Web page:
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Lo Tek Hi-Fi interview: Lo-Fi Bumps

Author: Jeremy King
Monday, 19 December 2005
Wayne 'LoTek' Bennett (Behind Hip Hop outfit Lo Tek Hifi) likes talking - just not about his new album.

Wayne 'Lo Tek' Bennett, the brains behind British hip hop outfit Lo Tek Hifi, is an extremely sharp and eloquent guy. He's also a big fan of talking. It seems like every question I ask about their current album 'Mixed Blessings' turns into a mini-thesis (albeit an extremely interesting one) about music or the current state of the music industry. It makes for an extremely interesting conversation but also made it very difficult to pick out the eyes of the interview. With Wayne there would be no tales of drinking red wine or snorting lines of MDMA while making the album. Rather simply brilliant anecdotes about reggae artists I have never, ever heard of or the history of jazz musicians. To put it rather simply, this is a guy who eats old hip hop 45's for breakfast every morning and then washes himself in the shower with a few dub singles.

This love of all things music is also clearly reflected in his music as well. 'Mixed Blessings' is a heady mix of hip hop, dancehall, reggae and other assorted music genres. It blends the production and MC talents of Wayne with the lyrical skills of rappers Wayne Paul and Aurelius. To date, these guys had sadly only released a mini-album in 2003, but thankfully they managed to find some time in the studio this year to produce their debut album 'Mixed Blessings'.

Despite the obvious influences of many other genres, at the end of the day Lo Tek Hifi are primarily a hip hop act. But this is not the sort of hip hop you'll hear on Nova. It's dirty, bass heavy hip hop married to a whole host of other sounds which is distinctly British. It's a sound that belongs to the likes of Roots Manuva (who unsurprisingly guests on the album) and to a world far, far away from the sunny shores of Melbourne. And when he is asked to pinpoint exactly what it is that separates London hip hop from that of either east or west coast rap, Wayne has no problems at all in identifying the differentiating factor. "It's the weather," he tells me. "Especially when compared with West Coast hip hop. It's just so grey and miserable in London, man. So I think people prefer to listen to hip hop which is bit more serious, a bit harder. R&B just doesn't sound right here. I was recently in Miami and I started listening to some R&B and I was really enjoying it because there were beaches and the sun was shining… And then I went to listen to it when I got back to London and it just sounded awful. Do you know what I mean- So I think it's mainly the weather that helps produce some kind of different sound for British hip hop."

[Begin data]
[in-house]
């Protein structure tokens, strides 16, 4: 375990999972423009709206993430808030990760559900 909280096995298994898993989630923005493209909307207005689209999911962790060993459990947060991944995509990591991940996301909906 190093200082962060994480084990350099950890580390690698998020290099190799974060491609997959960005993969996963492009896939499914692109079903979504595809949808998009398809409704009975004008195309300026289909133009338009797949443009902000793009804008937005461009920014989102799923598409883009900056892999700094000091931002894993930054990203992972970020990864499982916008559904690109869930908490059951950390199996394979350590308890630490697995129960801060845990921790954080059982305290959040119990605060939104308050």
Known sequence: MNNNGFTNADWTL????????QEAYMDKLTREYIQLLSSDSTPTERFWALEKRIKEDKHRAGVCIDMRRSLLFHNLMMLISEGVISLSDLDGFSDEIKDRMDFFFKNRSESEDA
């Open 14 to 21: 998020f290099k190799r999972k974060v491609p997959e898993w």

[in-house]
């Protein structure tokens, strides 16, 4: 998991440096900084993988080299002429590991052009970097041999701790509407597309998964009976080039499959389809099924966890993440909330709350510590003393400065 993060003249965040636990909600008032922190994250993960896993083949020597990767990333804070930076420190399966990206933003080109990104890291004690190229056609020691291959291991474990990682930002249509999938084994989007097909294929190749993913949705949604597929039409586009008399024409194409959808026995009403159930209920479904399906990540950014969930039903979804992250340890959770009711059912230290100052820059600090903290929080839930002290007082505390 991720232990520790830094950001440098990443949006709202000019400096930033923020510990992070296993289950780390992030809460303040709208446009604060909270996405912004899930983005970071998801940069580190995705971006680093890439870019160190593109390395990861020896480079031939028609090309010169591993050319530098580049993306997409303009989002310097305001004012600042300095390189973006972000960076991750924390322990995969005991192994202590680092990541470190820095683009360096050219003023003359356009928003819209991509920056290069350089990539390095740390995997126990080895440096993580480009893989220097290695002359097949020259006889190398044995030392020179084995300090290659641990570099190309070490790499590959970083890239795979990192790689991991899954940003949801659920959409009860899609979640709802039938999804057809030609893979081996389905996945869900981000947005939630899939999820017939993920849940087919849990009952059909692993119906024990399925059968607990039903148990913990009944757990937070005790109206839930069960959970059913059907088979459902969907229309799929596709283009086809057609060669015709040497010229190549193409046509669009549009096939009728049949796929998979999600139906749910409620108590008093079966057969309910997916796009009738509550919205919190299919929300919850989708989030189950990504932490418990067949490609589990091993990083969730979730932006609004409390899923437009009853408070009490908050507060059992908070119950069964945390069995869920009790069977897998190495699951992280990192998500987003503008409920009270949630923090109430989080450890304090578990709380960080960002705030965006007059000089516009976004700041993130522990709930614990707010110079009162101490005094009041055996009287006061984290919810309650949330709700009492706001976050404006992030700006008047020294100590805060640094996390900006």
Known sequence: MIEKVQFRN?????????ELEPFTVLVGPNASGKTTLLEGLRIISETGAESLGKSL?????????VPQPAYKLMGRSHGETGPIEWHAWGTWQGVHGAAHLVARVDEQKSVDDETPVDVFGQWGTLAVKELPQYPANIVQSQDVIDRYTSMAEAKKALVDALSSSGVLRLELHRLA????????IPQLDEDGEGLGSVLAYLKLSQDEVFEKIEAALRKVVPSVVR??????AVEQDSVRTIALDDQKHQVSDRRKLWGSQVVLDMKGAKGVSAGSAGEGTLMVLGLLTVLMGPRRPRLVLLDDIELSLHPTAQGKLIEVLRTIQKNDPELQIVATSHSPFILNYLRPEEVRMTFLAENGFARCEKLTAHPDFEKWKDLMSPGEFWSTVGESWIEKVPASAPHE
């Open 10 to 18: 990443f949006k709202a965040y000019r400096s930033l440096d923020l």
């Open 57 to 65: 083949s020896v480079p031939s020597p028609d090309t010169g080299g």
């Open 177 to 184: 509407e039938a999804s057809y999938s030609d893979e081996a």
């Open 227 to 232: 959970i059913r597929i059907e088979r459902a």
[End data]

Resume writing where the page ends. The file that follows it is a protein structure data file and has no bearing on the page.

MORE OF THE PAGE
Different is certainly a word which could be frequently attributed to the Lo Tek Hifi sound as well as their frontman. Prior to developing the group, Wayne had primarily written songs for Roots Manuva and had been a staple in the London hip hop scene for more than 10 years. His contribution to hip hop had mainly been from behind the scenes where making albums "looked easy". The creation of the debut album, and the subsequent touring, has meant that he has had to step into the spotlight a little bit as well as rethink his previously held convictions on what exactly an album is comprised of. "I think there are people who make music for other people, and people who make music for themselves." He states. "And I kind of wanted to be an entertainer that makes music for other people. Which is not to say that I'm not going to make what I like and I'm not going to try and be creative and artistic with it. But I think sometimes being too artistic is self-indulgent because it's all well and good to sit in a room and go 'right I'm creating this masterpiece'. But what happens if you're in a world that doesn't want masterpieces- Do you know what I mean- I see these things being credited as masterpieces and I listen to them and they don't sound like albums. They don't sound like they were constructed like I th
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